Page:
Legend has it that two brothers, both heirs to the reigning datu of Lingayen, once controlled the flourishing barter trade in pockets of communities that dotted the vast shoreline of Lingayen Gulf and its large tributaries. The younger brother decided to venture off on his own. He went east and formed a settlement that became a bustling entrepot frequented by Chinese, Arabs, and other traders. The settlement was known for its gold artifacts, cottage industries and fish products long before the coming of the Spanish conquistadores. Soon, the settlement grew into a large community. Thus, the name Binmaley, which is short for "nan maliw ya baley." In English, this translates to "a place that became a town." Still, another popular legend claims that Binmaley is derived from the word "binamin," or "bai-min-amin," which means "our grandmother," after a revered and powerful priestess who once lived in the area.

It took a long time for Spanish colonizers to make inroads in Binmaley. Chronicles written by early Spanish missionaries record that Spanish soldiers armed with superior cannons and firearms were met with stiff resistance and hostility by the Binmaley folk who united to fight those who sought to conquer them. It was not until 1589 that a Father Luis Gandullo arrived from Binalatongan (now San Carlos City) and was able to baptize and convert the natives to Catholicism. In the 1600s, construction of the church began.

Today, the Binmaley church edifice remains an imposing structure in the town center. Its towering belfry can be seen from afar, as one approaches the town surrounded by fishponds. The ancient red brick that was used to build the church is exposed in some areas; but in most, the plaster that protects these is left intact. Traditional industries, like daing or dried fish production and bagoong (fish paste) manufacture, remain.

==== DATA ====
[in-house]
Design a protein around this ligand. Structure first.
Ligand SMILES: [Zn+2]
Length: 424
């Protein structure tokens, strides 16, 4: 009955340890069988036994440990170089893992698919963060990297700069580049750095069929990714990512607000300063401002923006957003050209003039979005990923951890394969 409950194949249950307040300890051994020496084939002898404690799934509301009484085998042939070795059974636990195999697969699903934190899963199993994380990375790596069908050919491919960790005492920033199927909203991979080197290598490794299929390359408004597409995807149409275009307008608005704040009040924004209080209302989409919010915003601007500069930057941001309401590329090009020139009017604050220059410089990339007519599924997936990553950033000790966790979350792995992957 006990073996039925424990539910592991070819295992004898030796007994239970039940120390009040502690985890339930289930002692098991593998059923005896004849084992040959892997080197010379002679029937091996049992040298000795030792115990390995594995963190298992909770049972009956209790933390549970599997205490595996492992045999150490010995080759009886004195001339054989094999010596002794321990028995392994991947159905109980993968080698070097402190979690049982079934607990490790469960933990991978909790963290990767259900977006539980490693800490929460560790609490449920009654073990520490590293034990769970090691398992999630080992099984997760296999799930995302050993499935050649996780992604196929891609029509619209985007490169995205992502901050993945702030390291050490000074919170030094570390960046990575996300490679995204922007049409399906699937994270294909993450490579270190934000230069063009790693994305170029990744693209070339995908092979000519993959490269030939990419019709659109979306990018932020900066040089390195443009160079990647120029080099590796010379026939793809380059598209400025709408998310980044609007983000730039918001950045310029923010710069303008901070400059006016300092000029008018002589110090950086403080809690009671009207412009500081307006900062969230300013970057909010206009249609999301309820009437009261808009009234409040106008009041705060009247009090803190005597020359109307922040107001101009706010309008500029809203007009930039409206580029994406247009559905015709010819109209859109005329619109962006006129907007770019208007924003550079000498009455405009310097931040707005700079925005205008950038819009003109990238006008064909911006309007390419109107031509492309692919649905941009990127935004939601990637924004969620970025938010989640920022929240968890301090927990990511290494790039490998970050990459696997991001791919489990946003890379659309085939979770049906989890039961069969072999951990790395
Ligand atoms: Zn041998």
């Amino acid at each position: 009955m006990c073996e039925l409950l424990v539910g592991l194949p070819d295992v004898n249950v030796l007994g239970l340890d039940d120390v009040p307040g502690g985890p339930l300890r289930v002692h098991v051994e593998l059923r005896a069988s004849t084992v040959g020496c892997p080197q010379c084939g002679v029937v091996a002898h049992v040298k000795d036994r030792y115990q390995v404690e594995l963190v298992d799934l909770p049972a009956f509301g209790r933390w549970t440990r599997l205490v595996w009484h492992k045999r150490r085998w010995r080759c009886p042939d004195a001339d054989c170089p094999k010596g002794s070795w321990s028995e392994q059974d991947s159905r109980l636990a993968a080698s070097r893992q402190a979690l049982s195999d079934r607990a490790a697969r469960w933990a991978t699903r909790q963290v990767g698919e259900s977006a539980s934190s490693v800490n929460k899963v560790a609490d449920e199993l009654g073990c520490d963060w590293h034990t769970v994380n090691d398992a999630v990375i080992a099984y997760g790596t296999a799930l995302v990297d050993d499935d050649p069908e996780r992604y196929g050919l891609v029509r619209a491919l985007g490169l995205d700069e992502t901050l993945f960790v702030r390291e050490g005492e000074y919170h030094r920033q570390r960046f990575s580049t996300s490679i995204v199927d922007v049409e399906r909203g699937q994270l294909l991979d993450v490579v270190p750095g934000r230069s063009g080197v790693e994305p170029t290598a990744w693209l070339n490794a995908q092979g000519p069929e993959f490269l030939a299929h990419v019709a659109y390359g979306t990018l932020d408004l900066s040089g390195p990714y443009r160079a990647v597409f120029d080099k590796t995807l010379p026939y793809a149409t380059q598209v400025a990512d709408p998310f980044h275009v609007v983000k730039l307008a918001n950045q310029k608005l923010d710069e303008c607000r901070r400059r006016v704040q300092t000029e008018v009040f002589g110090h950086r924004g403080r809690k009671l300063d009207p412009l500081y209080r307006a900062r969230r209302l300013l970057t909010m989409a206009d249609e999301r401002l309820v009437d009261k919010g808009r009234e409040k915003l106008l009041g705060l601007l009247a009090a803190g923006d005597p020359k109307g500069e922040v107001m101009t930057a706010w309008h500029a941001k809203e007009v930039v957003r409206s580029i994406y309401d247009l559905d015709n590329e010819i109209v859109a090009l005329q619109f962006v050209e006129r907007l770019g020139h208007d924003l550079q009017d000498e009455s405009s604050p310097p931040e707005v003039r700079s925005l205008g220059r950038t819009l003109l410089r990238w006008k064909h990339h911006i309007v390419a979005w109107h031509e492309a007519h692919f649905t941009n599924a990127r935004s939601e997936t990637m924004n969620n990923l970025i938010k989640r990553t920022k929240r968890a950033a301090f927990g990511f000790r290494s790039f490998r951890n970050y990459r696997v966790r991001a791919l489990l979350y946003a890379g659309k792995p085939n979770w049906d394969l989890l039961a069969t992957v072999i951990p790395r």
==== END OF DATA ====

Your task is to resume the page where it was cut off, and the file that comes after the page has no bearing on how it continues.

Despite the growing scarcity of forest products, wood artisans who have learned the craft from their forebears continue to carve wooden furniture in the barrio of Malindong. The historic Lingayen Gulf where fierce battles were fought during World War II is a mere 1.5 kilometers away, a fact brought to the consciousness of Binmaley residents recently, after a local fisherman dragged a WWII airplane wreck to shore.

Most importantly, the town remains clean, well kept and safe – a testament to the citizens’ highly developed sense of civic consciousness and cooperative spirit.

One should not go to Binmaley to enjoy the accoutrements of modern leisure. There are no tall buildings, flashing lights or three-storey roller coasters. However, if new trends start to bewilder and disconcert you, perhaps it is time to find a small town like Binmaley to enjoy the simple things. Going to the market early in the morning to buy fresh seafood, walking through deserted fishponds, watching the waves crash to shore or taking an anxiety-free walk in the well-lit town plaza at dusk are simple joys that do much to refresh the jaded soul. To maintain our sanity, we city folk need some quiet, away from the complexities of big-city living. Sometimes, it is wise to heed Henry David Thoreau’s counsel: "Our life is frittered away by detail… Simplify, simplify."


Reported by: Sol Jose Vanzi